Tag Archives: Fall Bloomers

Beauty in Autumn

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Chrysanthemum “Duchess of Edinburgh”

Under an impossibly blue, brilliant sky, golden leaves rain down on the garden bellow. The cool temperatures suit these fall bloomers. They offer the last gift of color for us and nourishment to pollinators before the leaves start to come down for a last hurrah!

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Aster

Asters are classic fall bloomers.  Don’t you love them? A full 250 cultivars have been classified, covering a wide spectrum of colors, native and perennial.  These are a perennial variety I have enjoyed for decades.  I buy Asters, Chrysanthemums and other fall bloomers to plant in spring, I then almost forget them. Always makes me happy when I see them burst out just when I thought the garden was done!

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Melampodium

Sold as an annual, Melampodium reseeds itself every year. I collect and scatter its seeds were I want them in other parts of the garden. Also a drought resistant plant and best of all, deer have do not go after them! Very tidy and showy mounds full of blooms! at this time of the year it is like a basket of sunshine.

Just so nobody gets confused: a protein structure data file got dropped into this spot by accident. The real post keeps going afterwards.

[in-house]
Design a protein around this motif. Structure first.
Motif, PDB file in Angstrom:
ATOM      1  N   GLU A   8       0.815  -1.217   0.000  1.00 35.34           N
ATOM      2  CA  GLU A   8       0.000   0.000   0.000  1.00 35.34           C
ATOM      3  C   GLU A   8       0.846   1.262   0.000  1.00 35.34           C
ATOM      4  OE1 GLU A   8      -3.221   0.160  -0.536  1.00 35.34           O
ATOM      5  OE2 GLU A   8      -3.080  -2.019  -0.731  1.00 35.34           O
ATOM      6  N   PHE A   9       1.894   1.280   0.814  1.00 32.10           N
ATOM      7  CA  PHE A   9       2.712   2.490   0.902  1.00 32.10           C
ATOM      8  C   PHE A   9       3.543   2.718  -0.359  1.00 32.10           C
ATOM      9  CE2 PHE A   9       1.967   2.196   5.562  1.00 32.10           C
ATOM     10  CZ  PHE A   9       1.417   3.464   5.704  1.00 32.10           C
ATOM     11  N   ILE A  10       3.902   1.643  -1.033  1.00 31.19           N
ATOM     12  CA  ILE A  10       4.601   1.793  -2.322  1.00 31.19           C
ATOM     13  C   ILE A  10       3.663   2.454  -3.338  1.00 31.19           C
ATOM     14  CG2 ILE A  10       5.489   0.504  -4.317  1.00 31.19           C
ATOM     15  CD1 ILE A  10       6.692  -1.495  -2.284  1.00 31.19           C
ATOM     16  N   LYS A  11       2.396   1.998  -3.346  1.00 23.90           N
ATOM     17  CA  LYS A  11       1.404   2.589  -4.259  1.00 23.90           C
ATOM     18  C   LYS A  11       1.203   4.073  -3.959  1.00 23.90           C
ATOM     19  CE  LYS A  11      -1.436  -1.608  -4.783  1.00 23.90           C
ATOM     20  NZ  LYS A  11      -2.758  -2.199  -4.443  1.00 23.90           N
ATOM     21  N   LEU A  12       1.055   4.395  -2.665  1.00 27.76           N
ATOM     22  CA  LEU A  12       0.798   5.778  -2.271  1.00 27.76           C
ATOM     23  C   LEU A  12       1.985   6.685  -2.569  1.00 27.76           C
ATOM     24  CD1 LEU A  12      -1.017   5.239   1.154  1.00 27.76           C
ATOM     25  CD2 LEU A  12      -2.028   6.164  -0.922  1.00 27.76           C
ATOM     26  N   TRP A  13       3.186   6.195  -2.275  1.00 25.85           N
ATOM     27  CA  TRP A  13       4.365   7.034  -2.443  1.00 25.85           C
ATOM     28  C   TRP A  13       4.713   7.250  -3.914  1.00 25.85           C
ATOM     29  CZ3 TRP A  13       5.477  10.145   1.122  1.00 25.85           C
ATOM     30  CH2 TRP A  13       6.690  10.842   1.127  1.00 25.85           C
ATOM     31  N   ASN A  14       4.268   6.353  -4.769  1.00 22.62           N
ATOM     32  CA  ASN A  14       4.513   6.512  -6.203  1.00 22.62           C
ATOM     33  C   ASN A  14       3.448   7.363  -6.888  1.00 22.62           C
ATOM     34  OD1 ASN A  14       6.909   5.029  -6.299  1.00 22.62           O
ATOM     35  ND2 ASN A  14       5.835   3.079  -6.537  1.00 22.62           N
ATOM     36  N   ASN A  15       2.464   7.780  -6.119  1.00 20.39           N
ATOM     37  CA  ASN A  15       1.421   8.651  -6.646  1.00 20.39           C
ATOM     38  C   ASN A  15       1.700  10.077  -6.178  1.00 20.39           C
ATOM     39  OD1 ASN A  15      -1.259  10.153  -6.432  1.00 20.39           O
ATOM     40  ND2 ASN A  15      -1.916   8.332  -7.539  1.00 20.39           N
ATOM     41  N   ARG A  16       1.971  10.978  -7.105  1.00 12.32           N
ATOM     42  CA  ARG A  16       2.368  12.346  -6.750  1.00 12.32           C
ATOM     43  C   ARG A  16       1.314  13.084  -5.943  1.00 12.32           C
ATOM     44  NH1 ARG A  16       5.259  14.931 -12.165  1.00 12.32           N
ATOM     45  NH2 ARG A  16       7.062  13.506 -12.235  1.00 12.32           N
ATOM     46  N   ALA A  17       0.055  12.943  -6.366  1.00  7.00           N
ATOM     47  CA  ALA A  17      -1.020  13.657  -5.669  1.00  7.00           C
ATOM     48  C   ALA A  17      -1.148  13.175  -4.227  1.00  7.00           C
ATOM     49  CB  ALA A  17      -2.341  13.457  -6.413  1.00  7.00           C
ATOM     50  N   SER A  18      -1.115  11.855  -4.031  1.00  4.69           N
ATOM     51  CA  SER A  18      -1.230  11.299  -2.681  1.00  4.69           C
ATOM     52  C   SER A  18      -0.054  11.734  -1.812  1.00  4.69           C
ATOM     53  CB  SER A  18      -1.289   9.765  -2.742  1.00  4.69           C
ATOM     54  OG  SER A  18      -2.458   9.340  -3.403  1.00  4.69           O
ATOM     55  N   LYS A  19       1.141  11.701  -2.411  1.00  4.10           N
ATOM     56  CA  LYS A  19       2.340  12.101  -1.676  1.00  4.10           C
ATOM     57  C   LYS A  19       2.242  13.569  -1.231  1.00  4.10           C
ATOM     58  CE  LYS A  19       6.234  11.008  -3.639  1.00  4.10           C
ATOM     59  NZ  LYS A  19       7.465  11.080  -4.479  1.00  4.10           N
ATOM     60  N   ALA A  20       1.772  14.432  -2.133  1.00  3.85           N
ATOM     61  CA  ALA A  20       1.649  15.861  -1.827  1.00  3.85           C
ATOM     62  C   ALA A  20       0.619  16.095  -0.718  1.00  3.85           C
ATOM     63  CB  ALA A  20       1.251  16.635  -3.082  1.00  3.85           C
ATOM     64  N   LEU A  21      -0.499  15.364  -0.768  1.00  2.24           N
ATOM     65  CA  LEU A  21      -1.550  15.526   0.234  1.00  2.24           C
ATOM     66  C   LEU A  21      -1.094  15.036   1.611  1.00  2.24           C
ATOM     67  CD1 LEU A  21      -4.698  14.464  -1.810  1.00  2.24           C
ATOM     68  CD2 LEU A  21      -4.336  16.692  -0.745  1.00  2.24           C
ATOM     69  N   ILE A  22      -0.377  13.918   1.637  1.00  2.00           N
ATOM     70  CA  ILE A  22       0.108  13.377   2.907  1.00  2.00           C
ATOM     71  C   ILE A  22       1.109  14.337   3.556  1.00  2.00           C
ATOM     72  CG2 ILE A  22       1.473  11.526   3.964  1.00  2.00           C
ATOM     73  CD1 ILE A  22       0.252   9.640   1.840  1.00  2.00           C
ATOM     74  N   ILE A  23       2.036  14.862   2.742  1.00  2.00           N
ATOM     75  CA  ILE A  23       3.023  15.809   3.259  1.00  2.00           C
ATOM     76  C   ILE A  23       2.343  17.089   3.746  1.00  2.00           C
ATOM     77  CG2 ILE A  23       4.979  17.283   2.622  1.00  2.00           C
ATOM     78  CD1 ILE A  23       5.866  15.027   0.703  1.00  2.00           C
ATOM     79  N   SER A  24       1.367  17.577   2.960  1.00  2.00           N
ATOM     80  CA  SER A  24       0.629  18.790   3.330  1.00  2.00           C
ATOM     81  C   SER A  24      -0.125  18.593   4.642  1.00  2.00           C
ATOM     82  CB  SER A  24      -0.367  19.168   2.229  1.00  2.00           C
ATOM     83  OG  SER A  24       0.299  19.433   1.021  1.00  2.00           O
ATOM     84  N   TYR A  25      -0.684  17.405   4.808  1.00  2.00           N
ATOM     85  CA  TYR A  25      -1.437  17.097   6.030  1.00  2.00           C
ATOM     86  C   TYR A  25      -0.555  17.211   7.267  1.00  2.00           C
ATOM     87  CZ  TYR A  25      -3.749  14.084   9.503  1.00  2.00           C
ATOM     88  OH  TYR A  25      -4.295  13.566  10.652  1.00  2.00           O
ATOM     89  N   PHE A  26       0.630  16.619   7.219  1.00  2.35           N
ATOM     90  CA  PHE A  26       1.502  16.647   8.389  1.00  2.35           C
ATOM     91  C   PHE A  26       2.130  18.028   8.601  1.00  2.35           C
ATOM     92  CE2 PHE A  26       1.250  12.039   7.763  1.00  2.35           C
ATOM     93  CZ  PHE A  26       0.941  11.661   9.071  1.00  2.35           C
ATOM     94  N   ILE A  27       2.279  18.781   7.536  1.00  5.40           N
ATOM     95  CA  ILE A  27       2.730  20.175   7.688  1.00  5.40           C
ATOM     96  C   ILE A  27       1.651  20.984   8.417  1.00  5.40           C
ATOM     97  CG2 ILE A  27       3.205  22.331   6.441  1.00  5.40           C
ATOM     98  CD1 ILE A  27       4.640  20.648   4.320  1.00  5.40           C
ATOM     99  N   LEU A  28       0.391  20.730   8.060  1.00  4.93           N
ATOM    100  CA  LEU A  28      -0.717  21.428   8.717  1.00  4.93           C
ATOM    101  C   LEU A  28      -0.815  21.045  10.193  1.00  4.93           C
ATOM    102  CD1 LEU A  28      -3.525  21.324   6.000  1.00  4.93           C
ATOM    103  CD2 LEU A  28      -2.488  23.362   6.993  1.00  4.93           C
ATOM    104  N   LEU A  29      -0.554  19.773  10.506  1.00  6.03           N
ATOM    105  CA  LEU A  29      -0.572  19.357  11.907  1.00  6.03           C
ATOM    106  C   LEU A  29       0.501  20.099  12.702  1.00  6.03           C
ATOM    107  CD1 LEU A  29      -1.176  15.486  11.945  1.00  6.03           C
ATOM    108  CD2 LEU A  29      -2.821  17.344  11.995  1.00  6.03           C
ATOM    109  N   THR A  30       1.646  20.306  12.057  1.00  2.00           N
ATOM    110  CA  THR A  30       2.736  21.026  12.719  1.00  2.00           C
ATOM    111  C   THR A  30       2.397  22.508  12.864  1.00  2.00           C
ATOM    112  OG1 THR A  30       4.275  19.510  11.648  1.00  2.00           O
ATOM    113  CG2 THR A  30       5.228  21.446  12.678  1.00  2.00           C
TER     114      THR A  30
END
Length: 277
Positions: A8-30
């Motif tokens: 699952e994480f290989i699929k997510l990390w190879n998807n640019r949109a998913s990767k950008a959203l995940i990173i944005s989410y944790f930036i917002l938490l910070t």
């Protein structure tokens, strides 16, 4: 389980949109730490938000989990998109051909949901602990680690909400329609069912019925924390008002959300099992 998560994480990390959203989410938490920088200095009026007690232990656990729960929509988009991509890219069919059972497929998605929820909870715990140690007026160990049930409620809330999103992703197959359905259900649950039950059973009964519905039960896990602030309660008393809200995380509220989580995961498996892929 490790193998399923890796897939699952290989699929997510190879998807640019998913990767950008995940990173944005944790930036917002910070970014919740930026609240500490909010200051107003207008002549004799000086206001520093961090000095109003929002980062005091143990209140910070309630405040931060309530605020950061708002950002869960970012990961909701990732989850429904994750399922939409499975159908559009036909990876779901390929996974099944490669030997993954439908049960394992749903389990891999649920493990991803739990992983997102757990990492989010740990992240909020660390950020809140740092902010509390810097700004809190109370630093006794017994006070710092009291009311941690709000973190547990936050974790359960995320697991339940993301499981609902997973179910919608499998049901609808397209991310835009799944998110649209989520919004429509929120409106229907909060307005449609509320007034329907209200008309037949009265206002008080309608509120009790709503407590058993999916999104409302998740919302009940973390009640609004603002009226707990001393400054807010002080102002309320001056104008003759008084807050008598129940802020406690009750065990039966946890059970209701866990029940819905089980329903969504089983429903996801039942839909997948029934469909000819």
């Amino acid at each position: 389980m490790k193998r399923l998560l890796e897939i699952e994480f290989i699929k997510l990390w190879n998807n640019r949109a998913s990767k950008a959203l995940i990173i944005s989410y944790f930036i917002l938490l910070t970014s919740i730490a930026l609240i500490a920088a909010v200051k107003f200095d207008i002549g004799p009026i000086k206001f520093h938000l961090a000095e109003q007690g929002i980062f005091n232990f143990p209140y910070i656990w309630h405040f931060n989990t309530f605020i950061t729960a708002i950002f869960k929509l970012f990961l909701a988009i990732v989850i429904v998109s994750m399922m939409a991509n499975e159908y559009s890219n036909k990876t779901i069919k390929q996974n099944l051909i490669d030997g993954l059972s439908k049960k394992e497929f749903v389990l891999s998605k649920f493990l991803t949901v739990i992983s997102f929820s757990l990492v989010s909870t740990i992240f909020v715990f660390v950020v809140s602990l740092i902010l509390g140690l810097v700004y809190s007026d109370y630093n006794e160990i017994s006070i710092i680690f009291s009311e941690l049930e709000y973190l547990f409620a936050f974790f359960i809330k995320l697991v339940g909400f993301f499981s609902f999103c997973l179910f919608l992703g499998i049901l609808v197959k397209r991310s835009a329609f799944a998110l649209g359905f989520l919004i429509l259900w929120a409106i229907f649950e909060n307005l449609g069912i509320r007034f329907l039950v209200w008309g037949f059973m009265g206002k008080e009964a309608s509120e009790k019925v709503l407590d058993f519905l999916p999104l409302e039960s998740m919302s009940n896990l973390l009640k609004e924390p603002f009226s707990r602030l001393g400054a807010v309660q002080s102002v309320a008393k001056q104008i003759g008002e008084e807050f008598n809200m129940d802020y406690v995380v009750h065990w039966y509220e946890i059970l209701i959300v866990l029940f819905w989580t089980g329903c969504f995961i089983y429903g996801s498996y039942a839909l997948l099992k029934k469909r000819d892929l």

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Tall Sedum and annual Browallia

I grow this tall Sedum sp. in my pots and add a variety of annuals each year in the spring. Deer love them and always eat them in the garden. They do well in pots and awaken every spring even more energized than the year before! Their succulent foliage is very attractive in early spring and drought resistant which makes them a great plant if you don’t want to water all that much! The late blooms at times appear alive as pollinators flock to enjoy their nectar!

“I’m so glad I live in a world where there are Octobers.”
L.M. Montgomery, Anne of Green Gables

Fabulous Plant!

Hard to believe that here we are in the beginning of November and this plant is the only thing still blooming in the garden.  It is,  Salvia elegans ‘Golden Delicious’ or Pineapple Sage.  When I picked it up in early April it was in the herbs rack at the local nursery.  I planted it in my herb garden and it quickly outgrew the space and threatened to displace a french tarragon plant that I have been nurturing for years.  I cut it down drastically in June but left both in place.  It started blooming in September and has not quit since.  This is not widely available so I had to read up a bit about it and it is hardy only to zone 8.  I think I will risk it and leave it in the garden to see if it comes back and report back then.  I highly recommend this beauty for your gardens!

“Plant your sage and rue together,
The sage will grow in any weather…” 

~Thomas Cavendish,